Most national reports state that, on average, 22 Veterans take their lives every day. Obviously, this is an alarming rate, and that number may actually be on the rise. However, many people don’t realize which Veterans are at risk. Some suggest that Veterans with depression and/or PTSD are more at risk, but simply saying that Veterans with mental health issues are at risk for suicide is too broad. There are a lot of Veterans who suffer from PTSD and depression, and there are varying degrees of severity for both conditions. Many Vets are able to manage the symptoms of their mental health conditions with medication or other alternative treatments. Simply stated, a diagnosis of either condition or both does not mean a Vet is at risk for suicide. Instead, there needs to be more data to show other factors. Recently, the Department of Veterans Affairs released data to show geographic factors that can contribute to higher suicide rates among the Veterans community. The news is dire for Veterans who live in rural areas.
Recently the VA released data on suicide rates by state for the first time. The study found the following states are among the highest for Veteran suicides: Montana, Utah, Nevada and New Mexico. The four states mentioned averaged 60 per 100,000 individuals or higher, which is far above the national Veteran suicide rate of 38.4. In other words, the rates in those four states are nearly twice that of the rest of the country. The VA found that other states with high suicide rates, including West Virginia, Kentucky, and Oklahoma, also have the highest rates of opioid use.
When compared to their civilian counterparts, female Vets are two and a half times more likely to commit suicide, and male Veterans are at an even higher risk. The suicide rate among male Veterans is 19% higher than in civilian males. Age is also a contributing factor for many Veterans, with VA reporting that 65% of Veterans who commit suicide are 65 or older.Suicide rates for individuals who live in rural areas aren’t just an issue for Veterans. As a whole, people living in rural areas are more likely to commit suicide than those who live in urban areas. One main reason is a lack of access to medical care. Some reports state that there is also more of a stigma attached to mental health conditions in rural areas.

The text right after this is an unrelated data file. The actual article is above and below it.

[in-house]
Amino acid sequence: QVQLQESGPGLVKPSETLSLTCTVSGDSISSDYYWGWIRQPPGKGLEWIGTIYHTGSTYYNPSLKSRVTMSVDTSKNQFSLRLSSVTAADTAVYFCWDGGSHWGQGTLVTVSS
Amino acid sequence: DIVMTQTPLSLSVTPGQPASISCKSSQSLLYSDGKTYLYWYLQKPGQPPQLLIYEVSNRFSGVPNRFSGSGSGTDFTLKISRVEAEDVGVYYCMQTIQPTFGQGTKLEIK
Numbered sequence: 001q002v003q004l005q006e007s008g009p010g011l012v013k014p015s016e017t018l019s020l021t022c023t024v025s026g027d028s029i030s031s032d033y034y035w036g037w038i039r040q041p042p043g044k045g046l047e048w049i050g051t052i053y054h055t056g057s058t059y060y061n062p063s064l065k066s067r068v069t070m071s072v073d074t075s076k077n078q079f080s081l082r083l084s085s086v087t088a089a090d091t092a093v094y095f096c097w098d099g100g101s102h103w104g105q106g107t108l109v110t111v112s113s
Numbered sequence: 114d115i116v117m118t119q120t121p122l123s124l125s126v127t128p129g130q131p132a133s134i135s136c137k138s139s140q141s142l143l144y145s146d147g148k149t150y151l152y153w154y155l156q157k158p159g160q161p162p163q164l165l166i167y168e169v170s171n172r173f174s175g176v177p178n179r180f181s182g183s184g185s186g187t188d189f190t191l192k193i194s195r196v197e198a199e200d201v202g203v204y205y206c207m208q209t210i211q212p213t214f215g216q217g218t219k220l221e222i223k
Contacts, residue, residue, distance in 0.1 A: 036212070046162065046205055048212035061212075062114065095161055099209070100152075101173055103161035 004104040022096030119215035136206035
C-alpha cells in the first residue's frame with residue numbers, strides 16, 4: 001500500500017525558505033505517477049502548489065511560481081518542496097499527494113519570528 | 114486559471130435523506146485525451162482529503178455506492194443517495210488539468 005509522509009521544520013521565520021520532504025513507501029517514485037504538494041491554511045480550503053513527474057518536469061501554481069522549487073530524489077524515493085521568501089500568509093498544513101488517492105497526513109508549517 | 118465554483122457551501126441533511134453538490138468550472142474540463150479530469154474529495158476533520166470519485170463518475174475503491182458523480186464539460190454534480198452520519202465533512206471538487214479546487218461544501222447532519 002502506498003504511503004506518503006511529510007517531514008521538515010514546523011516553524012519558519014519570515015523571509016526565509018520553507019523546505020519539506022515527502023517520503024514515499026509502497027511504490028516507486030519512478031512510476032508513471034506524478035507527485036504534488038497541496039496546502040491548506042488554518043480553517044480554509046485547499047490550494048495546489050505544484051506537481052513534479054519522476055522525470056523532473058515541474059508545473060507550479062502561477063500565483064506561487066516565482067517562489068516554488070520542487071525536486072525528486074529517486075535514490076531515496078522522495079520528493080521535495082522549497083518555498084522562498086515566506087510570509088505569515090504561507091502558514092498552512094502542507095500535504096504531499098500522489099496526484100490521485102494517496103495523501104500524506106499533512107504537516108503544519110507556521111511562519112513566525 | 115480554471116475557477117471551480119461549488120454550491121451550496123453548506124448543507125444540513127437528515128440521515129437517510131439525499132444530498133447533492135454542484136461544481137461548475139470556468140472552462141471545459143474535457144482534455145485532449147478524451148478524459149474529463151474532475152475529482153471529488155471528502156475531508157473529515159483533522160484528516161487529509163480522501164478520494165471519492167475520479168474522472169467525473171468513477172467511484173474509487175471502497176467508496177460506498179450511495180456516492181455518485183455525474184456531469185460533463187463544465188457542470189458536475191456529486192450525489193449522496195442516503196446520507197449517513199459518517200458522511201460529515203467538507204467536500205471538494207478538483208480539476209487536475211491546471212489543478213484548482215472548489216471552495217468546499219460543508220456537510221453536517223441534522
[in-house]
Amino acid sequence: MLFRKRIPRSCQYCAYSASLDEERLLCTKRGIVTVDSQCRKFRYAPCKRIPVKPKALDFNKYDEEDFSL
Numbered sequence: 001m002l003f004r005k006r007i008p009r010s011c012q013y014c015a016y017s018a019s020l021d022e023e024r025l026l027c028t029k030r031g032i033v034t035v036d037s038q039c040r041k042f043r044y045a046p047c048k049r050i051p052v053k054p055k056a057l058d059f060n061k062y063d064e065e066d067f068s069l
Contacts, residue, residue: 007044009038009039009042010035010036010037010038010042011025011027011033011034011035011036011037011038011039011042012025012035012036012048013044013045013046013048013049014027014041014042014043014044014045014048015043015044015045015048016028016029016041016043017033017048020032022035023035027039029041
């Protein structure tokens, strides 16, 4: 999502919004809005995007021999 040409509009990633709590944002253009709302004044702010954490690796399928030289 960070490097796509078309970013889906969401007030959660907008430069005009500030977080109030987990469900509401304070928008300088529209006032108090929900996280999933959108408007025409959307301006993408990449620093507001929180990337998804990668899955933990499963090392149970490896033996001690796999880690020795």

In addition to a lack of medical care and the stigma associated mental health issues in rural areas, there are other reasons that Veterans in rural areas are more likely to commit suicide. One such reason pertains to the isolation Veterans may experience in rural areas. Many Veterans struggle to find other individuals with shared similar experiences, especially for those Vets who served in combat. There are fewer social organizations, like the VFW, for Veterans to find companionship.
While this news is disturbing, the fact that VA is doing research and producing reports means that they are trying to identify problems and create solutions. If you are struggling with PTSD, depression, or a TBI, you may be able to get compensation for your disabilities. Pursuing a claim can be very frustrating. If you’d like to learn what an attorney can do for you, give Jan Dils, Attorneys at Law a call today for a Free consultation. The toll-free number is 1-877-526-3457. If you can’t talk now, fill out this form so that a representative can contact you at a better time.
- You may be entitled to thousands of dollars in back pay - April 20, 2018
- 4 Mistakes Veterans Make When They’re Approved - April 6, 2018
- The Best Kept Secret at the VA: The Debt Management Center - January 24, 2018
- Rural Veterans Face High Suicide Risk - January 23, 2018
- How a Prehearing Helps Your VA Disability Claim - January 5, 2018
- What Does Evidence Mean In A VA Disability Claim? - January 3, 2018
- 5 Things All Vets Can Do To Benefit Their VA Disability Claim In 2018 - December 16, 2017
- What Are The Basic Requirements to Receive VA Disability Benefits? - December 6, 2017
- Procrastination and Your VA Disability Claim - November 17, 2017
- How Veterans Use Meditation to Alleviate PTSD Symptoms - October 20, 2017